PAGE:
By Willie Diaz
When you think of a sandwich, most of the time you do not attach a special name to it or try to cram more than half a dozen ingredients into it; it is just a sandwich. But at the Tasty Deli in Washington Heights, sandwiches are given crazy names such as the Charlene, Sloppy Sal or The Experiment.
Just outside the subway stop for the A, C and 1 trains on 169th Street and Saint Nicholas Avenue, Tasty Deli has stood in the same spot since it opened in 1957. Walk inside, and you’ll most likely see owner Santiago “Santi” Francisco happily taking and serving orders behind the counter, surrounded by a small group of employees. He hasn’t always been smiling, though; on several occasions the deli nearly became a victim of the economic downturn.
Francisco started working at Tasty Deli in 1986, moving up the ranks from the kitchen to the front to becoming a manager. When the owner Richard Polio decided to leave, he sold the store to Francisco in 2004.
His routine for running the store on a daily basis does not change much; he awakens 5 a.m. in his New Jersey home, takes his daughter to school and goes to Restaurant Depot for food and supplies before heading for the George Washington Bridge. Francisco usually gets in around 10 a.m. (the deli opens at 6 a.m.), works until closing time at 7:30 p.m. and to gets home around 9 p.m.
Francisco’s employees include his brother, and the dynamic between them is no different from Francisco’s relationship with the rest of his crew. “My brother has his job, the rest have their job,” Francisco said, “Just because he’s my brother” doesn’t mean he also has the right to give orders to the crew. “You can’t have two roosters where there are a lot of chickens,” he said.
The “celebrity” sandwiches the store is known for were introduced after Francisco started to take notice of the repeated orders his customers – many of them students or employees at Columbia University Medical Center / New York Presbyterian Hospital would make. Of the “hot mess” sandwich, for example, Francisco said, “Some of them used to come in and say, ‘Let me get a turkey sandwich, let me get a little avocado, a little basil, a little ‘Jalisco,’ so what I did was take all those ingredients” and put them into one sandwich. The sandwiches typically cost $9.50 to $10.95, and there are dozens to choose from.
The names attached to the sandwiches often don’t have much to do with the ingredients in the sandwich, but they do get people’s attention. One customer, Christopher Urena, said he loved “the atmosphere and amazing staff, I’ve been coming back for the past two years.”
The menu was also expanded to appeal to different palates, with vegetarian options, wraps and salads. Francisco operates his business with a sense of confidence and dedication, a sentiment developed from the tumultuous “roller-coaster ride” he has had throughout his decade as store owner, he said.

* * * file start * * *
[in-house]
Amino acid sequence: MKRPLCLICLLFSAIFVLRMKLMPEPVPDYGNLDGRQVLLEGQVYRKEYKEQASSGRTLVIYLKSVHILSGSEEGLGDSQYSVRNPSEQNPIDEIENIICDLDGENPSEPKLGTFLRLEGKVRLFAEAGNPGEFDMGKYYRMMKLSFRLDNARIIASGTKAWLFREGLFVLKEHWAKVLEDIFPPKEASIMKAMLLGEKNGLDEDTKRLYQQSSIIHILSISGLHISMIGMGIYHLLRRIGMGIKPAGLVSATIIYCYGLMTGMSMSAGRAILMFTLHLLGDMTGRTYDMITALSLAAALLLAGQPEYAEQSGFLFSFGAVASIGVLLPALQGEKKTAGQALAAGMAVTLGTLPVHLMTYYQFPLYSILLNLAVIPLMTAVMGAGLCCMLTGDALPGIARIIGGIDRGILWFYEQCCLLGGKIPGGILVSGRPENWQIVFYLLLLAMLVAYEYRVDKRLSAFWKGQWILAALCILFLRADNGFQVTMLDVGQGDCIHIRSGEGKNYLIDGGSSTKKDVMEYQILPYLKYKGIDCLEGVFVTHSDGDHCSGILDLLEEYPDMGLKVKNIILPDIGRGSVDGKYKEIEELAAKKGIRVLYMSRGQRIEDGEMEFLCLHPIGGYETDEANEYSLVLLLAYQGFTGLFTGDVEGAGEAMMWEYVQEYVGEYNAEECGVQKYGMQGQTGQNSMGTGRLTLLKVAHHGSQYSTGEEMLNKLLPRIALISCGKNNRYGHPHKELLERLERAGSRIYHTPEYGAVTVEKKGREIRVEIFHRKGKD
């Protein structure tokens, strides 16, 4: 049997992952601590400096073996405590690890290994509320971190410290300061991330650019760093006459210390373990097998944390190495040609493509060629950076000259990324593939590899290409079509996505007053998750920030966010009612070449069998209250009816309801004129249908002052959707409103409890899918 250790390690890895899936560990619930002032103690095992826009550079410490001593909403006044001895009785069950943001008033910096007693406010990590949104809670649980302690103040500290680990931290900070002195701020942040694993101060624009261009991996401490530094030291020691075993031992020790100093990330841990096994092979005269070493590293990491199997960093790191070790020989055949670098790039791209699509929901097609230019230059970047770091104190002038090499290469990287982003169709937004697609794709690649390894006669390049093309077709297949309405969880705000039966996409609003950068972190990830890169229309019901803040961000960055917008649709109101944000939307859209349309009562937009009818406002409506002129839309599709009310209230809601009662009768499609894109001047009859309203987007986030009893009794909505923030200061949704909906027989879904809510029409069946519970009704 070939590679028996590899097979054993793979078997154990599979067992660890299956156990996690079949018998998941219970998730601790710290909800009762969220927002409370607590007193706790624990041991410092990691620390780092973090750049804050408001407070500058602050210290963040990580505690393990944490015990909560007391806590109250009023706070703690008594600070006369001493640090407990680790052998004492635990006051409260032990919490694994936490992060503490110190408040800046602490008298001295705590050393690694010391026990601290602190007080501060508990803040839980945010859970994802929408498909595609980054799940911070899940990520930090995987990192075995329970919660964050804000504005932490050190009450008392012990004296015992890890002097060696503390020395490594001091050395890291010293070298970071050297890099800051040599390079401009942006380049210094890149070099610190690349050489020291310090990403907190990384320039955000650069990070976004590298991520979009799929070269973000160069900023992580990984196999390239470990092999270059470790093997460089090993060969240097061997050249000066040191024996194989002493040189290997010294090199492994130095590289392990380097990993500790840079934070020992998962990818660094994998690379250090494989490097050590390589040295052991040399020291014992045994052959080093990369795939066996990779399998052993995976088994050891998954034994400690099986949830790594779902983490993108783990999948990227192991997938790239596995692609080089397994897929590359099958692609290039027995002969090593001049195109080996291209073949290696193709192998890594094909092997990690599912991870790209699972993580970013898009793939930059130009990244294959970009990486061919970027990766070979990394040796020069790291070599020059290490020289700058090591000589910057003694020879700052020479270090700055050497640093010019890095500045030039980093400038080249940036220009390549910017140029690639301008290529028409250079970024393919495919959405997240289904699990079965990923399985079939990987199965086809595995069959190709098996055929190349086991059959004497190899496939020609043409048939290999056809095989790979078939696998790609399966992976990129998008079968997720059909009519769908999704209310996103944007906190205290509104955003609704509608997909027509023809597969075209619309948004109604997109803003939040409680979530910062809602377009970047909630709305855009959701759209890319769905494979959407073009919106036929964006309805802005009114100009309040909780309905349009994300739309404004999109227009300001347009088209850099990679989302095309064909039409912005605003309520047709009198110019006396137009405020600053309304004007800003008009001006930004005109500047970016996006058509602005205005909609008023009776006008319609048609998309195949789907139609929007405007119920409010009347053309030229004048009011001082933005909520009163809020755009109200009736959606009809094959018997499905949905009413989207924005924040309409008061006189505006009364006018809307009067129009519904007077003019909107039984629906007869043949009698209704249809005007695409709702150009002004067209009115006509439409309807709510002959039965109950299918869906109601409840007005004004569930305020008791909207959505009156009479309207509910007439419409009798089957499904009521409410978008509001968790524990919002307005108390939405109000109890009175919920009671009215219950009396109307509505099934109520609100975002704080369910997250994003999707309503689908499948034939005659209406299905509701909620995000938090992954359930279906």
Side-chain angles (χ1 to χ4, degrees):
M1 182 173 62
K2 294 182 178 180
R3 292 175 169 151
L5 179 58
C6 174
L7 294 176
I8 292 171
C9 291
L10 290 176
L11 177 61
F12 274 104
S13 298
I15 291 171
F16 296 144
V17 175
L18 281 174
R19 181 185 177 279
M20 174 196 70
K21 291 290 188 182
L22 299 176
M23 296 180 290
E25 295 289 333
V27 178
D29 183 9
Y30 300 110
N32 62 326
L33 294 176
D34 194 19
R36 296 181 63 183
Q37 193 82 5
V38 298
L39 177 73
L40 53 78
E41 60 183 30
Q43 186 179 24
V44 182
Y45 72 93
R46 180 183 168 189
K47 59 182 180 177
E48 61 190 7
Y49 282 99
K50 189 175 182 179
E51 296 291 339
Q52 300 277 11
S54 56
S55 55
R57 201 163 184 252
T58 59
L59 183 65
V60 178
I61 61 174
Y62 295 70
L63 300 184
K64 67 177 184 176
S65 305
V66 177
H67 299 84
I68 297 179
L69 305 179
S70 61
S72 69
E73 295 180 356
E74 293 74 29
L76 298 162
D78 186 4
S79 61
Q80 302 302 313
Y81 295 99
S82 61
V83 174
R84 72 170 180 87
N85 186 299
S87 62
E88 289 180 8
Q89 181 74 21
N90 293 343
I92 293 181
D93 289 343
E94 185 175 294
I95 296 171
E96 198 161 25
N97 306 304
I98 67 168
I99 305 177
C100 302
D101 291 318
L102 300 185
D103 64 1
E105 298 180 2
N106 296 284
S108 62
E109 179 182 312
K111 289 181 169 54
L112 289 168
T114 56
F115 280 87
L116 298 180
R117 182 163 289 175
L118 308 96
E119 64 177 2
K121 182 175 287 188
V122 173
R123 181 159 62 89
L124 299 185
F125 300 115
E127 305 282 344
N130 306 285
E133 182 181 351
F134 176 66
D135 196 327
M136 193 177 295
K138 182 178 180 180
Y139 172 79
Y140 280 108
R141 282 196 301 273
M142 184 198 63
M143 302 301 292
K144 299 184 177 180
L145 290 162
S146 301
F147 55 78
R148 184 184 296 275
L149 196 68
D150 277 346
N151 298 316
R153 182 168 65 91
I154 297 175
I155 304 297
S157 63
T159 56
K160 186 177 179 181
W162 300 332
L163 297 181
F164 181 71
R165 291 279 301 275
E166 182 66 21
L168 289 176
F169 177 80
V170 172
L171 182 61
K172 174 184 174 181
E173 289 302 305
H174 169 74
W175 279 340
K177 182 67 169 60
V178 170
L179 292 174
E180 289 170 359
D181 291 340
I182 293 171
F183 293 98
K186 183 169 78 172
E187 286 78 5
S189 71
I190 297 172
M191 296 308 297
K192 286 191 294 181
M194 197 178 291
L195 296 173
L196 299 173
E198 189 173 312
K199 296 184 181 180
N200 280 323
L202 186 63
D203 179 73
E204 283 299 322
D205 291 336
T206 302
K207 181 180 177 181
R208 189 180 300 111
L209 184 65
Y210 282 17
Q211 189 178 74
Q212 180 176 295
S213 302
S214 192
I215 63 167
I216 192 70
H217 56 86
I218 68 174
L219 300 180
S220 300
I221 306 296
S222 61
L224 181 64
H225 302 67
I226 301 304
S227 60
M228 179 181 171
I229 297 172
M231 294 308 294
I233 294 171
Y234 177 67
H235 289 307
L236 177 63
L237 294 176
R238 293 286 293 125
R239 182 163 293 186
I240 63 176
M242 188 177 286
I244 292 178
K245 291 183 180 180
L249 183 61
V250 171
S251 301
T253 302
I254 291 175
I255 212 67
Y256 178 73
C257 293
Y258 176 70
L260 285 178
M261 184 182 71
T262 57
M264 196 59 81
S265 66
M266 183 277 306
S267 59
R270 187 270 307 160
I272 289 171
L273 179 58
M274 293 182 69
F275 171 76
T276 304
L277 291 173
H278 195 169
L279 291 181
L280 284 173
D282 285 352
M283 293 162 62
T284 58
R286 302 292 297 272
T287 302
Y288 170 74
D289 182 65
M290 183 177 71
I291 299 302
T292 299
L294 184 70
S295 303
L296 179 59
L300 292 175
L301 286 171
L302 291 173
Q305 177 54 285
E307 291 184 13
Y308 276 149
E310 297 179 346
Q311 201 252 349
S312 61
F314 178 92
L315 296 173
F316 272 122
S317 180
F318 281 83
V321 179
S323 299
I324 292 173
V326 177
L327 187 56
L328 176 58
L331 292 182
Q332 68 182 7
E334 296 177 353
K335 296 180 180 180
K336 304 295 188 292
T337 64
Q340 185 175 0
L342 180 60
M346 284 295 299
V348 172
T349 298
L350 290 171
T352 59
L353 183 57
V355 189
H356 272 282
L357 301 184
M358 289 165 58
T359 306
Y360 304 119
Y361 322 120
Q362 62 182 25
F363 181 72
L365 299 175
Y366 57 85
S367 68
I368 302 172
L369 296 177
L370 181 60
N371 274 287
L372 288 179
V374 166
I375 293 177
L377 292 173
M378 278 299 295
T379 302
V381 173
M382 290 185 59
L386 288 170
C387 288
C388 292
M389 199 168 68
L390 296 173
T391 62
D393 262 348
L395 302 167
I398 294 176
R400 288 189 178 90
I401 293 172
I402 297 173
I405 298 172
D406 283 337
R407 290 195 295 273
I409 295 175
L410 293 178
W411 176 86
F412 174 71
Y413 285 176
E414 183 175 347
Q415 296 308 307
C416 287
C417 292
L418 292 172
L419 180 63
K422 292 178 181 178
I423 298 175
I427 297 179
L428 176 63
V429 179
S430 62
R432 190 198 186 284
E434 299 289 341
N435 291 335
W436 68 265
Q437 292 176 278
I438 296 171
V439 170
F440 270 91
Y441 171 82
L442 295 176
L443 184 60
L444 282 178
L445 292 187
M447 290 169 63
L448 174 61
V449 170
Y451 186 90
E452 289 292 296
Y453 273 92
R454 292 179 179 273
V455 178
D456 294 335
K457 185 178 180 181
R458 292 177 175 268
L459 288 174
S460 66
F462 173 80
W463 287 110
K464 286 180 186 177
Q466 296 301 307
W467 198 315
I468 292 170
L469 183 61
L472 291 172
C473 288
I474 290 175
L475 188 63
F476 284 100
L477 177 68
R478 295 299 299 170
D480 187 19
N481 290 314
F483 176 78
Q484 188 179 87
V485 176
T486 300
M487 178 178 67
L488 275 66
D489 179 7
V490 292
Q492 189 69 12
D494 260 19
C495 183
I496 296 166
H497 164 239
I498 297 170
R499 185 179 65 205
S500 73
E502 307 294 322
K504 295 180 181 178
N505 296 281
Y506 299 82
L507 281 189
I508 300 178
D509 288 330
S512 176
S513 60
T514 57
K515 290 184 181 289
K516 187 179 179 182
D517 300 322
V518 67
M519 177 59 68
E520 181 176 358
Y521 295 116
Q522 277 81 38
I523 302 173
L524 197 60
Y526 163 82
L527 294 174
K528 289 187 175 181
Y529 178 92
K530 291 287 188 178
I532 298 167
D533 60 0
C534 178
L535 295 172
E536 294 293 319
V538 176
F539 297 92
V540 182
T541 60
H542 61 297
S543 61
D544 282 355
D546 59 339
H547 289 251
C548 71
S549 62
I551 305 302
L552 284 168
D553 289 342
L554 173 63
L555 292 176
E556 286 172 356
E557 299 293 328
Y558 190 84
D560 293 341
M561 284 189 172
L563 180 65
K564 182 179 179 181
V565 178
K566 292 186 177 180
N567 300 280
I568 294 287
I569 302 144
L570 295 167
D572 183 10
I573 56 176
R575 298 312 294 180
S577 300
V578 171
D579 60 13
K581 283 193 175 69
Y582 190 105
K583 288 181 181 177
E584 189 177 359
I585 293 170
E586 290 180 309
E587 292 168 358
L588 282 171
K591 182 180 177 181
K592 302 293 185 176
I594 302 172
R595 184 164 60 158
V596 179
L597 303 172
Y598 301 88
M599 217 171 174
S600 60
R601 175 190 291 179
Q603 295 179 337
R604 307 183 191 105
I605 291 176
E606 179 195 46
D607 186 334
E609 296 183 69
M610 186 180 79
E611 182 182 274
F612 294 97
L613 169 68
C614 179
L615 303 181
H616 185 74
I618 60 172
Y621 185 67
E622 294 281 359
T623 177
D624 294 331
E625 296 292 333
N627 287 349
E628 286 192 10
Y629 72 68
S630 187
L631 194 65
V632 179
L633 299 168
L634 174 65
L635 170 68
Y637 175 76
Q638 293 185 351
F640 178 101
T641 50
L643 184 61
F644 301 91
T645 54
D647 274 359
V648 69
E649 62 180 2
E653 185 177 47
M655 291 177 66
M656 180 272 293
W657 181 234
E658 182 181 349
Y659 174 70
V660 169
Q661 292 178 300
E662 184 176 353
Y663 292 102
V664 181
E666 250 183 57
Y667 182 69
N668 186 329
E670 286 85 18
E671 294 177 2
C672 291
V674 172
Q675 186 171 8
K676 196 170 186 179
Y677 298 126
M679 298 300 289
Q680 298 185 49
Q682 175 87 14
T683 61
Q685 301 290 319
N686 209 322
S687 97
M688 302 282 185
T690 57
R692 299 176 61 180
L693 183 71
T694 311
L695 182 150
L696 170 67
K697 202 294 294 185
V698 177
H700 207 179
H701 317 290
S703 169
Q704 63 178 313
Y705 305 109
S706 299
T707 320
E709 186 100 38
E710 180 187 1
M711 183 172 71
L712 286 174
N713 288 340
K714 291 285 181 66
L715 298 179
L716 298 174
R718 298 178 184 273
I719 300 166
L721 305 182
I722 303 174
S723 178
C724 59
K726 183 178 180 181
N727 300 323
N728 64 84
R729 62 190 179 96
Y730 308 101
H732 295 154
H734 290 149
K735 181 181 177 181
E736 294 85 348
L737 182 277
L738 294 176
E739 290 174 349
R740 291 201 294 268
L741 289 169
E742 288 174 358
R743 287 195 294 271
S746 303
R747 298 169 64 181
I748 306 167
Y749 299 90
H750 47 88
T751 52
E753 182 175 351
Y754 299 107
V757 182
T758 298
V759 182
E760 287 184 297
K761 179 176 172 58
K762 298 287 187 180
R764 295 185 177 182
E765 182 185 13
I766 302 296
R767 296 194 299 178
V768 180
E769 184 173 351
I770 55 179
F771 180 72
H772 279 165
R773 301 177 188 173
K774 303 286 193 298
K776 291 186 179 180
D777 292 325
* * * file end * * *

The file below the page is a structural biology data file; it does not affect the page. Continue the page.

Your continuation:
After the economic downturn, he was struggling, losing business because “people didn’t want to spend the money they used to.” He said he took loans from loan sharks and credit card companies, totaling nearly $100,000. He lost his second business, Tasty 2, a deli in Newark.
“Everybody kicked me to the curb, my father, my cousin, I continued, and I’m here,” Francisco said, recalling that even his own mother told him, “You’re crazy, your own employees are going to be richer than you.” He decided that “once you give up, you’re dead.” Only a few months ago was Francisco finally to clear his business of debt, and now, he said, it feels like a huge weight is off his shoulders.
Francisco was able to expand his business by offering delivery, especially to the nearby hospital, and allowing customers to order online. As time went by, he expanded the delivery service and embraced online ordering services such as GrubHub, Seamless, Eat24 and Delivery.com. He said those steps “brought everything back to a point that it’s amazing. I have four companies sending me orders from open to close.” Francisco always has orders to take care of when he arrives in the morning, either for catering or orders arriving by fax. Online ordering sites keep track of the orders each month, and at the end of the month they send a check to Francisco after taking 10 to 12 percent. The cut from each check doesn’t bother him because “at the end of the day it works out because you still get more business. That money pays the bills,” he said.
In the future, Francisco hopes to open another Tasty Deli in Inwood, around 216th Street, seeking business from employees at the Presbyterian Hospital Allen Pavilion, the M.T.A. bus depot and local businesses. He is also planning on remodeling the back wall of the current deli, redoing the kitchen in stainless steel and rearranging the counters to make space for more tables. Francisco said his theory is “you spend a little something, get that money back, and invest it in another thing.” And, of course, “Create more sandwiches.”